Editor’s note: WRAL TechWire’s newest contributor is Dr. Sarah Glova, a globally recognized speaker, successful entrepreneur, university instructor, and business consultant. A seasoned educator and entrepreneur, Sarah is CEO of the award-winning digital media firm, Reify Media, With a Ph.D. in Instructional Technology and a Master of Science in Technical Communication, she is dedicated to cultivating forward-thinking work environments.


RALEIGH – Ticketmaster came under fire from Eurovision fans yesterday as hopeful buyers grappled with technical difficulties while attempting to purchase tickets for the popular singing competition. The tickets sold out in record time, but numerous fans reported experiencing technical difficulties such as being kicked off the site or receiving error messages. 

As someone who recently endured a nine-hour virtual queue on Ticketmaster to secure Taylor Swift concert tickets, I can sympathize with their frustration.

What if—instead of Ticketmaster brokering concert tickets (and keeping at least 15 percent of my $300 ticket for themselves)—I could have bought an NFT directly from Taylor?

NFT is short for “non-fungible token.” Each NFT has its own distinct code or metadata that distinguishes it from other tokens. These digital assets often rely on blockchain technology to verify their uniqueness and ownership.

Dr. Campbell Harvey, a Professor of Finance at Duke University, posed this question of NFTs as concert tickets at a Hyperledger meetup in Raleigh last month. (To be clear, he didn’t mention Taylor Swift specifically—but I think that situation definitely applies.)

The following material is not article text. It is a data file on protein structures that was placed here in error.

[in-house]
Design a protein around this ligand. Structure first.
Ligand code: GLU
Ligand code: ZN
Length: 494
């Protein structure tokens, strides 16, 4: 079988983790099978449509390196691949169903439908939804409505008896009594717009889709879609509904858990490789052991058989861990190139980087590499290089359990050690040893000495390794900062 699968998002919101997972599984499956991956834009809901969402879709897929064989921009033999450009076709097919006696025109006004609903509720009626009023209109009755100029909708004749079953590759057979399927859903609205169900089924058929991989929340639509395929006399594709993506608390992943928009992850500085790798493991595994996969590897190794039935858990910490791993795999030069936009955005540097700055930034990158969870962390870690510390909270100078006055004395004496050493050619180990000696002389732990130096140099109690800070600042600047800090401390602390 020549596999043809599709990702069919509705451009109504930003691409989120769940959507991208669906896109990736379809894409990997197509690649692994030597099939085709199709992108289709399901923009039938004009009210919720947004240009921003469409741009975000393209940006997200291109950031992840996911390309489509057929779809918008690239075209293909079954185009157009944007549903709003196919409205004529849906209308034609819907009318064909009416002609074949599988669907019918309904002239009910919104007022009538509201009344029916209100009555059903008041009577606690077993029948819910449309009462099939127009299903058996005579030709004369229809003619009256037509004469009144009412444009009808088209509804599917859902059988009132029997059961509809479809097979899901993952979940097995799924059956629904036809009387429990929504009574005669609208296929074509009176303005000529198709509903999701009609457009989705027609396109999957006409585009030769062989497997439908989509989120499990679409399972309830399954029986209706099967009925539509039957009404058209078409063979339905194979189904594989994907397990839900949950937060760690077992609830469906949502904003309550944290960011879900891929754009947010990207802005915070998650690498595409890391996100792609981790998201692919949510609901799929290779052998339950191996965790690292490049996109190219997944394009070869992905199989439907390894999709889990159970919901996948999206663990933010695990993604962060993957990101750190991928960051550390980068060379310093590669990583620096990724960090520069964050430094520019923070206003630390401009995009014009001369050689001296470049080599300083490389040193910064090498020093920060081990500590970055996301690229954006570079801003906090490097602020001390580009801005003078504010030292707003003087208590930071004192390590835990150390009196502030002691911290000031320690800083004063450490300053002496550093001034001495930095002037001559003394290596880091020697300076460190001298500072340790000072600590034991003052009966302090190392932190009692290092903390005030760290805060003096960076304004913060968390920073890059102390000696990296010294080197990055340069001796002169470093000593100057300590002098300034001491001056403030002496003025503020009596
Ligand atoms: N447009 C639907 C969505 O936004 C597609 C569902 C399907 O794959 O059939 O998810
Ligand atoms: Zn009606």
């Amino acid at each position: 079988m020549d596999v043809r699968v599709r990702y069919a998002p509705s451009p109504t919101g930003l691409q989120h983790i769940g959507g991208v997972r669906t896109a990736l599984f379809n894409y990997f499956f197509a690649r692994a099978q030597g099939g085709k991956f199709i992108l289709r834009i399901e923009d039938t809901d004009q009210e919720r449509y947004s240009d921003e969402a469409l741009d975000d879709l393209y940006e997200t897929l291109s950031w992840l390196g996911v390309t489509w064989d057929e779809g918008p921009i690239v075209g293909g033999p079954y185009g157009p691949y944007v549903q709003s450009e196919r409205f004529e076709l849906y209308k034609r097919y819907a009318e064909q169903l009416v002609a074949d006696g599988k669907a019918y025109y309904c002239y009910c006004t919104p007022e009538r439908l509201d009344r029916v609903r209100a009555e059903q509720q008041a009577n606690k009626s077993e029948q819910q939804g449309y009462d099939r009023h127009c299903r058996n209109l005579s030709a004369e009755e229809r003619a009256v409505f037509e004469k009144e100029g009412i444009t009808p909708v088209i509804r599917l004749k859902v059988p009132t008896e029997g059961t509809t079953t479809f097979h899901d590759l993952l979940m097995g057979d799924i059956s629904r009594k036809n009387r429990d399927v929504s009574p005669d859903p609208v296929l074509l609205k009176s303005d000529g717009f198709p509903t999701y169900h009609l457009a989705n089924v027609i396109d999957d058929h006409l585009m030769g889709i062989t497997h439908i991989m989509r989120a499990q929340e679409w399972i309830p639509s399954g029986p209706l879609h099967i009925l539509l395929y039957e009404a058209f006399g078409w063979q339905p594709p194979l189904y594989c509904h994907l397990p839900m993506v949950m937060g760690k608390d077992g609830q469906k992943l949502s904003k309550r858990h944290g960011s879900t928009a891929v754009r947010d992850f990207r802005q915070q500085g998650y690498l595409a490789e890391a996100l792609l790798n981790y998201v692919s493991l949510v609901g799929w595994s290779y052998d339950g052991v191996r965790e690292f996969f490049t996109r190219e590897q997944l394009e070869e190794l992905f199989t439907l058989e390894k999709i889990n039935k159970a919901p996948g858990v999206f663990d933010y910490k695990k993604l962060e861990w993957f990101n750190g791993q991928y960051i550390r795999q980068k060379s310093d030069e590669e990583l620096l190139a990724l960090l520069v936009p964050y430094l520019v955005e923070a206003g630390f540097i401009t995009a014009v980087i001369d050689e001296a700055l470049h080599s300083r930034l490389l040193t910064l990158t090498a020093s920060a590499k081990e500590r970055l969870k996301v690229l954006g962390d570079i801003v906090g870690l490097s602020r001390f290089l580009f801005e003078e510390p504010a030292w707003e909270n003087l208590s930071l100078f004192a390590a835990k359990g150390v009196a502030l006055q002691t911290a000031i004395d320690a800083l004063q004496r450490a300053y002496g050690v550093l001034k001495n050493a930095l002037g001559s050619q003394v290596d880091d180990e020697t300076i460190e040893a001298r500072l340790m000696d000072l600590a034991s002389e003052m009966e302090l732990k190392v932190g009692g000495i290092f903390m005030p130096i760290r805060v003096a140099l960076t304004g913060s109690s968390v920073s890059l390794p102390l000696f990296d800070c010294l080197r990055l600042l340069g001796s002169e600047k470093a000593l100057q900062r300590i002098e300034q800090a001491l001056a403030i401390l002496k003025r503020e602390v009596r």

Dr. Campbell Harvey | Photo from Kaleido

By the way, here’s how Wikipedia defines Hyperledger: “Hyperledger (or the Hyperledger Project) is an umbrella project of open source blockchains and related tools, started in December 2015 by the Linux Foundation,[1] and has received contributions from IBM, Intel and SAP Ariba, to support the collaborative development of blockchain-based distributed ledgers. It was renamed Hyperledger Foundation in October 2021.”

“It’s an obvious application of nonfungible tokens or NFTs,” said Harvey during his lightning talk. “NFT’s unique token is the event, the venue, the date, the seat, and the user experience is pretty similar to actually having a digital ticket on your smartphone.”

Harvey argued that this technology could not only reduce the broker’s cut—for example, Ticketmaster’s share of my Eras Tour ticket—it would also enable other features.

“​​If the ticket is resold, then you can build, into the NFT, a royalty,” said Harvey. “So on the resale of the ticket, the artist and venue, let’s say, gets 10 percent.”

Artificial intelligence industry is out of control, requires regulation, Duke researcher warns

That built-in resale revenue of the NFT-style ticket could be incredible, considering Taylor Swift tickets like mine have resold for thousands. 

Harvey also pointed out that the NFT could enable a community—one that doesn’t have the barrier of a third party like Ticketmaster. 

“Once we get this NFT community, the artists can interact directly with the fans, and you create this community that wasn’t possible before,” said Harvey. 

He suggested that artists could drop secrets about future concerts or airdrop new songs. 

“And this is just a straight use of blockchain technology,” said Harvey.

There’s more to come on this subject: Web3 Innovation in the Triangle. Watch for Glova’s next column.